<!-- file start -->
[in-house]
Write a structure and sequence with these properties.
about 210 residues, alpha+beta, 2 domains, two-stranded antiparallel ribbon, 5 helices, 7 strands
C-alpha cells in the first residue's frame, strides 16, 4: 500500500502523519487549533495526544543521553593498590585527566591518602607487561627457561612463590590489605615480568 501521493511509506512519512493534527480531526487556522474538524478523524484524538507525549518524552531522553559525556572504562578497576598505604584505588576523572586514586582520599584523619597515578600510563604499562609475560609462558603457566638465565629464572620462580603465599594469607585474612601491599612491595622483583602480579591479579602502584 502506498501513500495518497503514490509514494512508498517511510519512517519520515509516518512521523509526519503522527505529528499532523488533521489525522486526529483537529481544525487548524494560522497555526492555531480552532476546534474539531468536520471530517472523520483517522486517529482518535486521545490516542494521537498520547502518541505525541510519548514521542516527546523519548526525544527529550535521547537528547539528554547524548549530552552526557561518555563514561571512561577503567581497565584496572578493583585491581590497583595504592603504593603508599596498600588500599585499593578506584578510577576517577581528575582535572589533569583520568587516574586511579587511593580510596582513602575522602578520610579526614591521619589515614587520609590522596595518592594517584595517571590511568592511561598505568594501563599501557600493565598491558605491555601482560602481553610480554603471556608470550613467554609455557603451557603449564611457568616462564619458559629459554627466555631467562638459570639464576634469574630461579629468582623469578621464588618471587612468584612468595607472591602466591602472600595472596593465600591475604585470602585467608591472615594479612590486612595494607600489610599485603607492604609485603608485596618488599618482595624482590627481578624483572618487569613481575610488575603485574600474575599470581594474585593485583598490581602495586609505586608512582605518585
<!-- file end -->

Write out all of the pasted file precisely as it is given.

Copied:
[in-house]
Write a structure and sequence with these properties.
about 210 residues, alpha+beta, 2 domains, two-stranded antiparallel ribbon, 5 helices, 7 strands
C-alpha cells in the first residue's frame, strides 16, 4: 500500500502523519487549533495526544543521553593498590585527566591518602607487561627457561612463590590489605615480568 501521493511509506512519512493534527480531526487556522474538524478523524484524538507525549518524552531522553559525556572504562578497576598505604584505588576523572586514586582520599584523619597515578600510563604499562609475560609462558603457566638465565629464572620462580603465599594469607585474612601491599612491595622483583602480579591479579602502584 502506498501513500495518497503514490509514494512508498517511510519512517519520515509516518512521523509526519503522527505529528499532523488533521489525522486526529483537529481544525487548524494560522497555526492555531480552532476546534474539531468536520471530517472523520483517522486517529482518535486521545490516542494521537498520547502518541505525541510519548514521542516527546523519548526525544527529550535521547537528547539528554547524548549530552552526557561518555563514561571512561577503567581497565584496572578493583585491581590497583595504592603504593603508599596498600588500599585499593578506584578510577576517577581528575582535572589533569583520568587516574586511579587511593580510596582513602575522602578520610579526614591521619589515614587520609590522596595518592594517584595517571590511568592511561598505568594501563599501557600493565598491558605491555601482560602481553610480554603471556608470550613467554609455557603451557603449564611457568616462564619458559629459554627466555631467562638459570639464576634469574630461579629468582623469578621464588618471587612468584612468595607472591602466591602472600595472596593465600591475604585470602585467608591472615594479612590486612595494607600489610599485603607492604609485603608485596618488599618482595624482590627481578624483572618487569613481575610488575603485574600474575599470581594474585593485583598490581602495586609505586608512582605518585